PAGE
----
You are here

FDA Updates Earlier Guidance on Respiratory Treatment Spiriva HandiHaler

January 14, 2010 -- The U.S. Food and Drug Administration today announced that data from a recent review of the Spiriva HandiHaler, a long-acting respiratory treatment for chronic obstructive pulmonary disease (COPD), do not support an increased risk of stroke, heart attack, or death in patients using the medicine.

COPD is a serious and chronic lung disease that restricts air flow in the lungs resulting in shortness of breath. In the United States, COPD includes two main conditions – emphysema and chronic bronchitis. Spiriva HandiHaler consists of capsules and an inhalation device approved for once daily use in COPD.

A March 2008 FDA Early Communication had described data submitted by the manufacturer of Spiriva HandiHaler as suggesting a small increased risk of stroke in patients treated with tiotropium, the medicine’s active ingredient. In October 2008, an Updated Early Communication highlighted two additional publications suggesting an increased risk of stroke, heart attack, and death in patients using tiotropium.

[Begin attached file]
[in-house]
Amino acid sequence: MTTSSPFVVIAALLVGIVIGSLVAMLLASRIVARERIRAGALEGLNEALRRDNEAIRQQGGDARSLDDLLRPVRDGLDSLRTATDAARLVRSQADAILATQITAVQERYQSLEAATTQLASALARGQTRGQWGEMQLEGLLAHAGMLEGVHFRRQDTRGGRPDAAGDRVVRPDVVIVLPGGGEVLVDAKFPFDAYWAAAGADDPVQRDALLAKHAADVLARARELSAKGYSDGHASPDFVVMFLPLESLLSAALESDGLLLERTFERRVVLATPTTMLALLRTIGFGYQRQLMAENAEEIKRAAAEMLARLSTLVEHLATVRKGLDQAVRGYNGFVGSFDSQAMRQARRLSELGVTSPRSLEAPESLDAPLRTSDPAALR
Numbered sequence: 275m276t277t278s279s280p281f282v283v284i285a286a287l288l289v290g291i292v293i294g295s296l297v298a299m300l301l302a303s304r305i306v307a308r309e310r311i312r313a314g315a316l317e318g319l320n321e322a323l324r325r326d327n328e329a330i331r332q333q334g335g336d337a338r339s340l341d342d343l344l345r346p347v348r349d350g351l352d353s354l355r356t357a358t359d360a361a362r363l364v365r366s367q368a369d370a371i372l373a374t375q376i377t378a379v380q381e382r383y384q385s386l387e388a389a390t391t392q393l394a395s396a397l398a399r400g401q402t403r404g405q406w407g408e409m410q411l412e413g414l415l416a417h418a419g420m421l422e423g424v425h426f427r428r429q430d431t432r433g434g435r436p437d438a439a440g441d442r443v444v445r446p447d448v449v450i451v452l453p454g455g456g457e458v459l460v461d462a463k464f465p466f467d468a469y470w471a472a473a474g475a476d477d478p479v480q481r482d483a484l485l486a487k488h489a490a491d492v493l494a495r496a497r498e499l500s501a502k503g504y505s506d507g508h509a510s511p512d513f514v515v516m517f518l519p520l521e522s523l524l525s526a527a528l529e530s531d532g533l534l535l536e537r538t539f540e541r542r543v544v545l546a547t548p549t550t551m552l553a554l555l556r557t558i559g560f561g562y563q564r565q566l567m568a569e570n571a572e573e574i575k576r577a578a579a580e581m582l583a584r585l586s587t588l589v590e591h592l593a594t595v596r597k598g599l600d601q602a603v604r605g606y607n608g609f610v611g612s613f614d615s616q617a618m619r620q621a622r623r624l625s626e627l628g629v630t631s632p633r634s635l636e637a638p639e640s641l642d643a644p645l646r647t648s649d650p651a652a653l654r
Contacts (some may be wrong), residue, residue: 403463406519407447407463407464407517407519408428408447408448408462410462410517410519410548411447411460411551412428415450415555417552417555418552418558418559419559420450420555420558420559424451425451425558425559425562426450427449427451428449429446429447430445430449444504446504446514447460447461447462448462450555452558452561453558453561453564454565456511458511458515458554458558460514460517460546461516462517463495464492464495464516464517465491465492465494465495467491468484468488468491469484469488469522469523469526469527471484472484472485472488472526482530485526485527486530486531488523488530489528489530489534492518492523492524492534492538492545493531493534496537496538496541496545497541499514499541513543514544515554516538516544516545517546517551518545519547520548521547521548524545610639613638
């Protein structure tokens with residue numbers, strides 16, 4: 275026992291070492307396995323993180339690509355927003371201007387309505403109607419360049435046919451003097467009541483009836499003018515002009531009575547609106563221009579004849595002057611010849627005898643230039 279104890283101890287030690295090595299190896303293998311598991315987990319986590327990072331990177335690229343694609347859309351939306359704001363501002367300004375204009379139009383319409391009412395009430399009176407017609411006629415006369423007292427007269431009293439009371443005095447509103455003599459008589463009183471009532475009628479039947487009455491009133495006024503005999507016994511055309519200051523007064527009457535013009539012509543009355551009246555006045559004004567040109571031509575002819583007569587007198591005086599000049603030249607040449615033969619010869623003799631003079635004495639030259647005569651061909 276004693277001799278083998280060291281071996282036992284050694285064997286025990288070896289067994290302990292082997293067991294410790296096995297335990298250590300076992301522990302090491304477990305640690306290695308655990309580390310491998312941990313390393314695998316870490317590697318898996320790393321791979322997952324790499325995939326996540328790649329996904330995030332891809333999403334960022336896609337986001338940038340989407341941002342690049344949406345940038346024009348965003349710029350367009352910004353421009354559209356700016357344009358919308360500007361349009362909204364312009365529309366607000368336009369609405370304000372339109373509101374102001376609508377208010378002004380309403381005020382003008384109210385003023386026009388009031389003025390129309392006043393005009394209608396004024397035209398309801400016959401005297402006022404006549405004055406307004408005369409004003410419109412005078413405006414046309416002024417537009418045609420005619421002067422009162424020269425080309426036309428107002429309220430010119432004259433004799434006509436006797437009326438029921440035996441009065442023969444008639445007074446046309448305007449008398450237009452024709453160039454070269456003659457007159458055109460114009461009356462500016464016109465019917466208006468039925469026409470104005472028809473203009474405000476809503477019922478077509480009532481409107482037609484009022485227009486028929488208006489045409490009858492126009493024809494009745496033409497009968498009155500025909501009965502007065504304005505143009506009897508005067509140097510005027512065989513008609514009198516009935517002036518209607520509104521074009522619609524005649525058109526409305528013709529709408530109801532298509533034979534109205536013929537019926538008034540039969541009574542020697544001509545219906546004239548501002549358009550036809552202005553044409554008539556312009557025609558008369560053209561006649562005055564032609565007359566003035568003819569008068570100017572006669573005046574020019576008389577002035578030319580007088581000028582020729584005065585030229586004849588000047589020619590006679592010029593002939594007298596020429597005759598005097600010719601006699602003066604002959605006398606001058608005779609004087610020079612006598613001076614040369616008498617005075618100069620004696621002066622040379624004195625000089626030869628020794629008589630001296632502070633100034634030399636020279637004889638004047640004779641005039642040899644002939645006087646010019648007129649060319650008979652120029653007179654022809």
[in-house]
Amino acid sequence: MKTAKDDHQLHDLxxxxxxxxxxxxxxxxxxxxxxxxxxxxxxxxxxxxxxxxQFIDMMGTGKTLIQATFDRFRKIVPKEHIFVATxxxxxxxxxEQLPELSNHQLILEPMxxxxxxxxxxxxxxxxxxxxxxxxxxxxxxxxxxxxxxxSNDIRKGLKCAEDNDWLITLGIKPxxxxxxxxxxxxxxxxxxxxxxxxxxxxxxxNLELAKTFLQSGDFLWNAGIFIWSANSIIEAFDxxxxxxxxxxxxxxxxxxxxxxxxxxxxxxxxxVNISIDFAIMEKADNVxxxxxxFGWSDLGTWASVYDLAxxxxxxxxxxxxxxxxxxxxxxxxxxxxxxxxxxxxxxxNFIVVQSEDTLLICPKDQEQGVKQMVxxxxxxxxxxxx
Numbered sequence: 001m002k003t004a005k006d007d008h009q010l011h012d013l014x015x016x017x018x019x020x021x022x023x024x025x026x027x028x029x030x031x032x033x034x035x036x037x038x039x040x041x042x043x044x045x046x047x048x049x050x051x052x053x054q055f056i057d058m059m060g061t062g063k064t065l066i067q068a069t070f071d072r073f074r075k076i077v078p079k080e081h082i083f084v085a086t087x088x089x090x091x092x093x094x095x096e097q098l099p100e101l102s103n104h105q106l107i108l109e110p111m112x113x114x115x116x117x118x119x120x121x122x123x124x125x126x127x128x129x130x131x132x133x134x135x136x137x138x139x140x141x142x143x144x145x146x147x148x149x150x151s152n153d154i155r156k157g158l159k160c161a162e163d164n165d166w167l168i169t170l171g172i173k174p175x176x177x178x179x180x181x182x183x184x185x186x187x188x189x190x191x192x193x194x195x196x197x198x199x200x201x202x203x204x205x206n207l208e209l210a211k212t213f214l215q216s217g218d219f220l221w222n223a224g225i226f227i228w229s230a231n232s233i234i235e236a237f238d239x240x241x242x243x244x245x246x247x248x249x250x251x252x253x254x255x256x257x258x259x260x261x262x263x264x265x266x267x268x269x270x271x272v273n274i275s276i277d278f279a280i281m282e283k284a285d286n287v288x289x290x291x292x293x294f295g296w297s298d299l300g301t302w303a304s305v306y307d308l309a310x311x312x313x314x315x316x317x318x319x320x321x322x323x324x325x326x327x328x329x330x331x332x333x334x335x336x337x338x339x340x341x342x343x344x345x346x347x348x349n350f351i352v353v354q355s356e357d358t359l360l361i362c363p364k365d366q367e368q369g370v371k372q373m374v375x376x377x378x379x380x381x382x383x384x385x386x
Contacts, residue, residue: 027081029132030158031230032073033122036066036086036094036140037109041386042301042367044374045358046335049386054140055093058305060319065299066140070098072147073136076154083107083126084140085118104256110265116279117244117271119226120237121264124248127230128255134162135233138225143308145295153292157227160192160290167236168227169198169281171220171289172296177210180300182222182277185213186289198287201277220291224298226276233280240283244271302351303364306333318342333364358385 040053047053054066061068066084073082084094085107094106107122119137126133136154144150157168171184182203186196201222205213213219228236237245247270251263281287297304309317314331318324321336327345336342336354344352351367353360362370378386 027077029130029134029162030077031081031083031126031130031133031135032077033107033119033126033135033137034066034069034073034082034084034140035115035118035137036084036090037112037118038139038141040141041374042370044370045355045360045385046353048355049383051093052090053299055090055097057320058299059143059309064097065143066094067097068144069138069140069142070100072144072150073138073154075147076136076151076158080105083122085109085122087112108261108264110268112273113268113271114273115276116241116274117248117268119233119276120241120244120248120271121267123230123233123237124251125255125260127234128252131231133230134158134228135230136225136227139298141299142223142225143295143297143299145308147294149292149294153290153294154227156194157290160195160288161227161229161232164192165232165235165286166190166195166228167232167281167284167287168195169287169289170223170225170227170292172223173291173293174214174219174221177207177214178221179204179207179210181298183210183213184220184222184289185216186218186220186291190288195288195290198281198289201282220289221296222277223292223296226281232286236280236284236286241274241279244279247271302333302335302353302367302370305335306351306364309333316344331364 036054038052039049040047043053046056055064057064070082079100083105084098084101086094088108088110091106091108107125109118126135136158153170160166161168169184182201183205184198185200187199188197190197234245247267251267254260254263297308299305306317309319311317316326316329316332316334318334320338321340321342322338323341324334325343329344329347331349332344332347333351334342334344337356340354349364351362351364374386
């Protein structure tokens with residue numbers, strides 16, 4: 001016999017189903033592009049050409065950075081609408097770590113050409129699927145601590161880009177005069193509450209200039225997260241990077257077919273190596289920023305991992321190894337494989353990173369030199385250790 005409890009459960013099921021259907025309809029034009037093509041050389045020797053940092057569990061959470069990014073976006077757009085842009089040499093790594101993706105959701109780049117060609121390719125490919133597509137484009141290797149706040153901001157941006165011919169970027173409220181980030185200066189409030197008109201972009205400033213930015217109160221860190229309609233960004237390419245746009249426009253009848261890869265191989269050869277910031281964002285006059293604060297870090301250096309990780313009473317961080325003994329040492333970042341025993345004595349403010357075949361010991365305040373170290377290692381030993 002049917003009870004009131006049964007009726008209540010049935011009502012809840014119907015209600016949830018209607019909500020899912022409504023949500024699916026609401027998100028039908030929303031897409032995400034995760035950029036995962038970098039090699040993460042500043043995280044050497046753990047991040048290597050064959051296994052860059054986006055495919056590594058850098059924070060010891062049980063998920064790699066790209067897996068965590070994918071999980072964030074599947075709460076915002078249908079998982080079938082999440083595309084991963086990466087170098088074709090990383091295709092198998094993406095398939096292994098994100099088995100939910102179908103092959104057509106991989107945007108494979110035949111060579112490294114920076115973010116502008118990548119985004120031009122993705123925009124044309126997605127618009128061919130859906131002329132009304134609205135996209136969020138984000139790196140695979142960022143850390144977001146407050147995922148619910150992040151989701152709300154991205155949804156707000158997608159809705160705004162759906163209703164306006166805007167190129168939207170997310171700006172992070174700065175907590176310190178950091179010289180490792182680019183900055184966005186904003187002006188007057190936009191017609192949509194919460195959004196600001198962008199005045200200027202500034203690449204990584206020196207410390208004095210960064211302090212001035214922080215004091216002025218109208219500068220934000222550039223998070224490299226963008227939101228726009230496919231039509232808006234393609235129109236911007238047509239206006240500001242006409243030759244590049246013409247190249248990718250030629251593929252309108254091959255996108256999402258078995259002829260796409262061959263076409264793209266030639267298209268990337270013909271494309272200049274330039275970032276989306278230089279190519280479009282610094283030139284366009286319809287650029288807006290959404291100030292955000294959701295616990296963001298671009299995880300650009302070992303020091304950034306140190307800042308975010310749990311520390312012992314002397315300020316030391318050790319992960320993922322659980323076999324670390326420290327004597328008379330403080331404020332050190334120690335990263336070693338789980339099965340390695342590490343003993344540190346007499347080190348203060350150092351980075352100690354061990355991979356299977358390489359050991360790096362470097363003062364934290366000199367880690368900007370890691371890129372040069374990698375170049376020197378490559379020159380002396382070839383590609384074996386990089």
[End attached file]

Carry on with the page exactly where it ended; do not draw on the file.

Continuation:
Today’s update of those communications is based on an FDA review of the Understanding the Potential Long-Term Impacts on Function with Tiotropium (UPLIFT) study that compared Spiriva HandiHaler with a placebo in 5,992 COPD patients. In November 2009, the FDA Pulmonary – Allergy Drugs Advisory Committee also reviewed the data and voted that findings from the UPLIFT study resolved the potential safety concerns for Spiriva Handihaler.

Source: Food and Drug Administration

Recent Headlines

New drug addresses bacterial resistance to standard therapy
Hovering flights lower packages by cable and winch
Ziextenzo helps lower the incidence of febrile neutropenia
The answer may offer a potential treatment for the disease
Drug resistance in HIV patients has nearly tripled since 2001
Drug resistance in HIV patients has nearly tripled since 2001
The number of those with an annual drug spend of $250K or more has increased by 60%
Grading manufacturers would give high-quality, reliable makers a boost, says federal panel
Sharpless is heading back to NCI